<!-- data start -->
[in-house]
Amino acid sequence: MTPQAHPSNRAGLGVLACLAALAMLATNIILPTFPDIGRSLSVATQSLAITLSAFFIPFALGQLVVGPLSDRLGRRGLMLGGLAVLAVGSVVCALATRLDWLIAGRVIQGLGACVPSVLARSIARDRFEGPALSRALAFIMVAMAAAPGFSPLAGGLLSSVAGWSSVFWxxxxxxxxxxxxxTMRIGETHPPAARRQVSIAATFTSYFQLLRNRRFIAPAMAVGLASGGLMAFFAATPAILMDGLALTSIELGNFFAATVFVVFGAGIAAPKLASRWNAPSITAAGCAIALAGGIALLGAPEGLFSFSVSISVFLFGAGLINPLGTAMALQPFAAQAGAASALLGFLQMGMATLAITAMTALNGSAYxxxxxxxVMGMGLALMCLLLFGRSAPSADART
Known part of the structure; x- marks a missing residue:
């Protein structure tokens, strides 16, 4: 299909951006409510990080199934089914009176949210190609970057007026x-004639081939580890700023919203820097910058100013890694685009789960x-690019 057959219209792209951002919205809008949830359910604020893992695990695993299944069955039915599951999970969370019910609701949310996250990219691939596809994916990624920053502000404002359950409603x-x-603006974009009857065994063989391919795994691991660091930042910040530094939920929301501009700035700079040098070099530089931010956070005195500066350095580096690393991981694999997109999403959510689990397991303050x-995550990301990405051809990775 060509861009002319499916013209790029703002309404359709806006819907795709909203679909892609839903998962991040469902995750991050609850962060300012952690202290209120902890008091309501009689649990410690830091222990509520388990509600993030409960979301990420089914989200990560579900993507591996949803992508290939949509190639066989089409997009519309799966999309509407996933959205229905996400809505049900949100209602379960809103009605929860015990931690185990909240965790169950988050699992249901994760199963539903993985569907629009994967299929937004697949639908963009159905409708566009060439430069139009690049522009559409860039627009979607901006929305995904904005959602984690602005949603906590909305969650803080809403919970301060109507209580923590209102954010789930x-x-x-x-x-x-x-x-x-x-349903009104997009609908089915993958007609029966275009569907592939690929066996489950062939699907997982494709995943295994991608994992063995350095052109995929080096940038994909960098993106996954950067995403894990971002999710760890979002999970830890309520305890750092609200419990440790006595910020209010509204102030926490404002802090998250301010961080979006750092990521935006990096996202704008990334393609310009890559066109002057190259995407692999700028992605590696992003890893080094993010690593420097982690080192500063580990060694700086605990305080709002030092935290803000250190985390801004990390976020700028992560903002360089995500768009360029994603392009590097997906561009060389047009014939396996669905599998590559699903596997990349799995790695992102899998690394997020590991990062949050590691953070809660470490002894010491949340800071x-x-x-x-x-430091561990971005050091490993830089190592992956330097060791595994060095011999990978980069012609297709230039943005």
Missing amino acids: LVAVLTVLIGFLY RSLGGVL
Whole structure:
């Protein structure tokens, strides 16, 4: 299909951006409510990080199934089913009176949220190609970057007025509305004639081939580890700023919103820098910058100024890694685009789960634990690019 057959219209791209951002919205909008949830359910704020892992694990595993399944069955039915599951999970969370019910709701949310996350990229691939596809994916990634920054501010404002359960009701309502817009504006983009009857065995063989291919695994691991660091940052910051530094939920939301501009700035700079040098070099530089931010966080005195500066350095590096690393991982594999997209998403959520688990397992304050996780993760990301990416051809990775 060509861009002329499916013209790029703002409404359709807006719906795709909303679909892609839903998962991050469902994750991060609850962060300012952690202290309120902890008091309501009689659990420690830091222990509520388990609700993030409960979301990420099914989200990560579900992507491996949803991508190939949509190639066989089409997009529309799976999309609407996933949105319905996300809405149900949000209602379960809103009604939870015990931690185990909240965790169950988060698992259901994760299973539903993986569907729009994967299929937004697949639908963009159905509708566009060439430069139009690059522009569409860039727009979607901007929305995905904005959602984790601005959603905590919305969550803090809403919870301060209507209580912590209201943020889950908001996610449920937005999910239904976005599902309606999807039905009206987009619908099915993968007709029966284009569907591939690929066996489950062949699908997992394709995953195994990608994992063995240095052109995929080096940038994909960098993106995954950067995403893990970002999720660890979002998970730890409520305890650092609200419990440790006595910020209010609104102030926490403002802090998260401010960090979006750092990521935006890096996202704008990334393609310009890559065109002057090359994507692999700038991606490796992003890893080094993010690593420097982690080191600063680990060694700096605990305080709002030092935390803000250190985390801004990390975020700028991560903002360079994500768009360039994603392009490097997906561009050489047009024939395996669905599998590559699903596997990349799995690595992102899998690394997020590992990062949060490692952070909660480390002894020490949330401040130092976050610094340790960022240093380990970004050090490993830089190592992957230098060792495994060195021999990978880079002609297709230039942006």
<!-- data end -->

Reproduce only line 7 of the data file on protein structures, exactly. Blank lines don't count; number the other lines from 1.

């Protein structure tokens, strides 16, 4: 299909951006409510990080199934089913009176949220190609970057007025509305004639081939580890700023919103820098910058100024890694685009789960634990690019 057959219209791209951002919205909008949830359910704020892992694990595993399944069955039915599951999970969370019910709701949310996350990229691939596809994916990634920054501010404002359960009701309502817009504006983009009857065995063989291919695994691991660091940052910051530094939920939301501009700035700079040098070099530089931010966080005195500066350095590096690393991982594999997209998403959520688990397992304050996780993760990301990416051809990775 060509861009002329499916013209790029703002409404359709807006719906795709909303679909892609839903998962991050469902994750991060609850962060300012952690202290309120902890008091309501009689659990420690830091222990509520388990609700993030409960979301990420099914989200990560579900992507491996949803991508190939949509190639066989089409997009529309799976999309609407996933949105319905996300809405149900949000209602379960809103009604939870015990931690185990909240965790169950988060698992259901994760299973539903993986569907729009994967299929937004697949639908963009159905509708566009060439430069139009690059522009569409860039727009979607901007929305995905904005959602984790601005959603905590919305969550803090809403919870301060209507209580912590209201943020889950908001996610449920937005999910239904976005599902309606999807039905009206987009619908099915993968007709029966284009569907591939690929066996489950062949699908997992394709995953195994990608994992063995240095052109995929080096940038994909960098993106995954950067995403893990970002999720660890979002998970730890409520305890650092609200419990440790006595910020209010609104102030926490403002802090998260401010960090979006750092990521935006890096996202704008990334393609310009890559065109002057090359994507692999700038991606490796992003890893080094993010690593420097982690080191600063680990060694700096605990305080709002030092935390803000250190985390801004990390975020700028991560903002360079994500768009360039994603392009490097997906561009050489047009024939395996669905599998590559699903596997990349799995690595992102899998690394997020590992990062949060490692952070909660480390002894020490949330401040130092976050610094340790960022240093380990970004050090490993830089190592992957230098060792495994060195021999990978880079002609297709230039942006």